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Tips for Keeping Your Tree Fresh

December 05, 1985

After you've taken your freshly cut tree home, follow these recommendations to help keep it fresh and fragrant for about six weeks from the time it was cut:

Clean up the tree, removing any dry needles. The brown needles aren't necessarily a sign that the tree is dying. They're a part of a natural process, such as when a leaf dries up and falls to make way for new growth.

Hose the tree down, especially if it's a little dusty.

Cut about one-fourth inch off the bottom of the trunk. During the time it has taken you to get the tree home, the sap that builds up in the trunk has become self-sealant. So if you don't make a new cut, water can't get up into the tree.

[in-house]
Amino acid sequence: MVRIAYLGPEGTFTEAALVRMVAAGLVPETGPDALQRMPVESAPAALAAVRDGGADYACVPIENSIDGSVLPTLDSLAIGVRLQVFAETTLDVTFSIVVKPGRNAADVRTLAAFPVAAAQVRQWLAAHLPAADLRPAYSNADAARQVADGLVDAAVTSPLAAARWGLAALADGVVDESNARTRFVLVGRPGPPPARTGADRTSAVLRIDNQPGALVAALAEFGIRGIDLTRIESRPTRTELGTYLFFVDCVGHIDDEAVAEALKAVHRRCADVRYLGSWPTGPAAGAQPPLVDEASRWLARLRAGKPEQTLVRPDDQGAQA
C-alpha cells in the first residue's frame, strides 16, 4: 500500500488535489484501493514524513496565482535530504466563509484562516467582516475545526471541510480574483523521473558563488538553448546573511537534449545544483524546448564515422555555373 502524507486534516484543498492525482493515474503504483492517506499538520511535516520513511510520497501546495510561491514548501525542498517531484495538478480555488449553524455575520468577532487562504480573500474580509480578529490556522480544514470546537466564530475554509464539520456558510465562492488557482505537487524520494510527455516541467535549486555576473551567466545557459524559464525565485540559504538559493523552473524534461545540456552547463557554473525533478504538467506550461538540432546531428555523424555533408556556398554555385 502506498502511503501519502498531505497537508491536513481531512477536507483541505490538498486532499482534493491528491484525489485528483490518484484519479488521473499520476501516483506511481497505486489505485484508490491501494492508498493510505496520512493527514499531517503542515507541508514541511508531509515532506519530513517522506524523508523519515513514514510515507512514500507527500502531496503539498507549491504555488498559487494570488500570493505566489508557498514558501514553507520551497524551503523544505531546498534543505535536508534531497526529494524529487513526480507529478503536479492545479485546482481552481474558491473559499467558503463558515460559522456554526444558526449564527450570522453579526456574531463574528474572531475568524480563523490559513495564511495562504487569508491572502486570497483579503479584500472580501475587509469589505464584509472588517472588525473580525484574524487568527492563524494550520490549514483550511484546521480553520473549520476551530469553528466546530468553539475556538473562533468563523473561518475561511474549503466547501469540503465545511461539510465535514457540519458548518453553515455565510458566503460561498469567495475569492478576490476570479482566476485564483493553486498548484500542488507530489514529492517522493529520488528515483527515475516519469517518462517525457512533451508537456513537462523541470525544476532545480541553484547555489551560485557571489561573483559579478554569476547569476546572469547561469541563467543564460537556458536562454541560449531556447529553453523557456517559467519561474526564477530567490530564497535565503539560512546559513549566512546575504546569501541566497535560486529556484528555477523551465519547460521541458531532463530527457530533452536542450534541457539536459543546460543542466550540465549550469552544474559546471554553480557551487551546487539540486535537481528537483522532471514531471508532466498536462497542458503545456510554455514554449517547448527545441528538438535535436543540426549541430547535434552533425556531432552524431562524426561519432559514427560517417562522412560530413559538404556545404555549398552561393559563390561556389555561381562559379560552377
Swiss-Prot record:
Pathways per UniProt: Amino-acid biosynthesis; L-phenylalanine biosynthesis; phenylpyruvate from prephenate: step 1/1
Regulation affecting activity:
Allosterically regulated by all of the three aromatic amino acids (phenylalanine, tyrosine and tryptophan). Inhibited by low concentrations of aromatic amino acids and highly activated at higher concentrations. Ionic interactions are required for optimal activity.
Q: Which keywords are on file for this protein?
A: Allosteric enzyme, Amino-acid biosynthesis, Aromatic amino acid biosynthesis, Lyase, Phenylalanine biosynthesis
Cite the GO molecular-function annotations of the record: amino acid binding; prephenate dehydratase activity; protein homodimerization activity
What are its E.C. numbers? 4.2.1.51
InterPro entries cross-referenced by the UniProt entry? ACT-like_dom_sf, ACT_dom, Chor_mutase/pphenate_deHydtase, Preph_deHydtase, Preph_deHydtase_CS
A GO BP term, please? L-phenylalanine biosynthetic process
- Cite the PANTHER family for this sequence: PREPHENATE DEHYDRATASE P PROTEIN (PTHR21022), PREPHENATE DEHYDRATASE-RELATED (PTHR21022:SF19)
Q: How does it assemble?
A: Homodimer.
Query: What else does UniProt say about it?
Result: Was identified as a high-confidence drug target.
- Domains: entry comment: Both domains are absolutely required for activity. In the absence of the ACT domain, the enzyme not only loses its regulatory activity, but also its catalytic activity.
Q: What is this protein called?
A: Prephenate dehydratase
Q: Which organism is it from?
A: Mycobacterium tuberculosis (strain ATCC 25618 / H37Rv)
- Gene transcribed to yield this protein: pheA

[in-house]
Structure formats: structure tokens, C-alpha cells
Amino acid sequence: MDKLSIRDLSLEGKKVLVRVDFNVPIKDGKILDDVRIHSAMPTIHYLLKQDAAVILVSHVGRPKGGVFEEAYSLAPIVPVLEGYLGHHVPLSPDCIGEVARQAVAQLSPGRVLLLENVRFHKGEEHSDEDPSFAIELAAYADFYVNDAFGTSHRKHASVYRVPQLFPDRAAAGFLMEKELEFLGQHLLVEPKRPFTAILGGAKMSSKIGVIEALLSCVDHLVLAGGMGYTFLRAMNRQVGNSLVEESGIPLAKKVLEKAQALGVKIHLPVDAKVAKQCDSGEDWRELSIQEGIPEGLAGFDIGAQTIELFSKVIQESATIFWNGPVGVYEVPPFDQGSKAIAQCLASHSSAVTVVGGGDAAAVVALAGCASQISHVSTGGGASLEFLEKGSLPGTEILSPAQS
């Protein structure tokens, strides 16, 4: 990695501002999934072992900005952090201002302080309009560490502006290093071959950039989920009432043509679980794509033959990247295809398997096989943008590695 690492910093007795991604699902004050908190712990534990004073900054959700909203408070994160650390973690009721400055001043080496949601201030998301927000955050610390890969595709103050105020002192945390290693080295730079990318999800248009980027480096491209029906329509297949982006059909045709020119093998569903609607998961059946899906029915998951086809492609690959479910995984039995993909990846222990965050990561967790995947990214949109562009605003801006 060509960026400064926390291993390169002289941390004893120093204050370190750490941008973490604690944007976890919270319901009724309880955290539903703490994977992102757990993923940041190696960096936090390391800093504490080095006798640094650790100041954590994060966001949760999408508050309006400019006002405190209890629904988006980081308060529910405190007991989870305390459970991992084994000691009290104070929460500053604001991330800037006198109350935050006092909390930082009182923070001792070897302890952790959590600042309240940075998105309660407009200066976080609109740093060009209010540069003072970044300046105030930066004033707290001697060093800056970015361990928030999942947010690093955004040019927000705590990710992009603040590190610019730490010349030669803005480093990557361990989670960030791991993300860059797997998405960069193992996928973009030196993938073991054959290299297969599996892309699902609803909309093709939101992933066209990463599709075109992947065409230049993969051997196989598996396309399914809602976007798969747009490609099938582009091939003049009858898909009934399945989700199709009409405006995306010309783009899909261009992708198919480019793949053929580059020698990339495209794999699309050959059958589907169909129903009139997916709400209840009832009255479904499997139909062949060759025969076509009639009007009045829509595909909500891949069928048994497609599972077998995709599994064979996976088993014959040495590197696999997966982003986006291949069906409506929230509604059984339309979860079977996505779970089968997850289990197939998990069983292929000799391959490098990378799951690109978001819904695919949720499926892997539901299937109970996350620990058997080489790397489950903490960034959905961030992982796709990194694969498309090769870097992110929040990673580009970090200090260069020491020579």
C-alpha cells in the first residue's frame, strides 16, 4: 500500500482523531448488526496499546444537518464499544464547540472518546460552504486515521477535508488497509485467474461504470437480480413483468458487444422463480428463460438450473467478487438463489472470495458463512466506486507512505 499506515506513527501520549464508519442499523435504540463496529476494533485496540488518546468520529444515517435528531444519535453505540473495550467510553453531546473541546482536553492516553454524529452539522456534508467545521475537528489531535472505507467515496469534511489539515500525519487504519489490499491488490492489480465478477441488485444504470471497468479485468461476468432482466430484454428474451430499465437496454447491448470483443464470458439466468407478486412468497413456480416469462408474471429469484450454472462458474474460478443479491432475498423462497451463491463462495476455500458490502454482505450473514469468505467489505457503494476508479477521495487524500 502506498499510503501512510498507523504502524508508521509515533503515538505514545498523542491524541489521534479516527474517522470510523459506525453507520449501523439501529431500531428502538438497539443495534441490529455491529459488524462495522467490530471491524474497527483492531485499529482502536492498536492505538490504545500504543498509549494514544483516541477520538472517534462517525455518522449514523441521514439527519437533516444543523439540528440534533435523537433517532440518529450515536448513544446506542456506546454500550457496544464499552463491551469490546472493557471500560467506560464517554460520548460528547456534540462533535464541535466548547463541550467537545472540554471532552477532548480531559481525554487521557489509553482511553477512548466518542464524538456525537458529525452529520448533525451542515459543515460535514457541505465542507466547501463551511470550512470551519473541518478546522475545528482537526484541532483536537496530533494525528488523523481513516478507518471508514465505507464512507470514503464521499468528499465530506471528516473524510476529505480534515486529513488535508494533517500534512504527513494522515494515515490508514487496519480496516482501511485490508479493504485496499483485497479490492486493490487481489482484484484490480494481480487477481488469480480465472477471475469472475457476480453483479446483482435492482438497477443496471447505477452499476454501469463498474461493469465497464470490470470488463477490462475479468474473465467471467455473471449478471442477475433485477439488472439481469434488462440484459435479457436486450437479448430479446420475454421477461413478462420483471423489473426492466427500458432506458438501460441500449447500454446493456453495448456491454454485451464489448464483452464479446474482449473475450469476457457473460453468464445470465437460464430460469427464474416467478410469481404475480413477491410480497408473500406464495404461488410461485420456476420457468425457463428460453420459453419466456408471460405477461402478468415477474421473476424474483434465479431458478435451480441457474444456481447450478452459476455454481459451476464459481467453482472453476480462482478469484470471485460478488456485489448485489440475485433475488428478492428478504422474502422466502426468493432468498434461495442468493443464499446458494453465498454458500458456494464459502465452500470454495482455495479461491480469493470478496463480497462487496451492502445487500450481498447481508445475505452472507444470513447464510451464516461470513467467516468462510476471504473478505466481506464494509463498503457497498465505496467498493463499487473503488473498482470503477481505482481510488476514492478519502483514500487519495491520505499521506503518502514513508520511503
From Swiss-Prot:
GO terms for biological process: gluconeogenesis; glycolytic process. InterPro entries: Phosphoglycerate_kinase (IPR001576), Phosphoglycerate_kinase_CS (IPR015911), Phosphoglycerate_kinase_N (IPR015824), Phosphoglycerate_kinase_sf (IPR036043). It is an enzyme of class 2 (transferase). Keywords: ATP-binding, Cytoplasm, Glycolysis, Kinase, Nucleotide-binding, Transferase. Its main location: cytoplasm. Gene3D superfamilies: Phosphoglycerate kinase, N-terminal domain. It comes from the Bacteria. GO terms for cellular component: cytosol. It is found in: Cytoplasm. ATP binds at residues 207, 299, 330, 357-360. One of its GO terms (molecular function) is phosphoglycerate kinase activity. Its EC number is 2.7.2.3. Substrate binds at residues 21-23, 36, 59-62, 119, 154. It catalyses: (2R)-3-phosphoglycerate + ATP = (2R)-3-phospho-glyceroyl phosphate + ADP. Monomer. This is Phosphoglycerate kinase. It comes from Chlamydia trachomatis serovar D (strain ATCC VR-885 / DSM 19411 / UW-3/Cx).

Put the tree in water and store it in a cool place, such as a patio or garage, until you're ready to bring it into the house. It's not necessary to add anything to the water, although a preservative is available.

Keep a close watch on the water level in the stand. A six-foot tree can drink from two pints to a gallon of water a day, so frequent refilling may be necessary.

Don't place the tree near the fireplace or a heating vent, where it will be exposed to blasts of hot air.

If it's near a window, and the day isn't too cold, open the window occasionally and allow the tree to "breathe." Continue to keep the stand filled with water.

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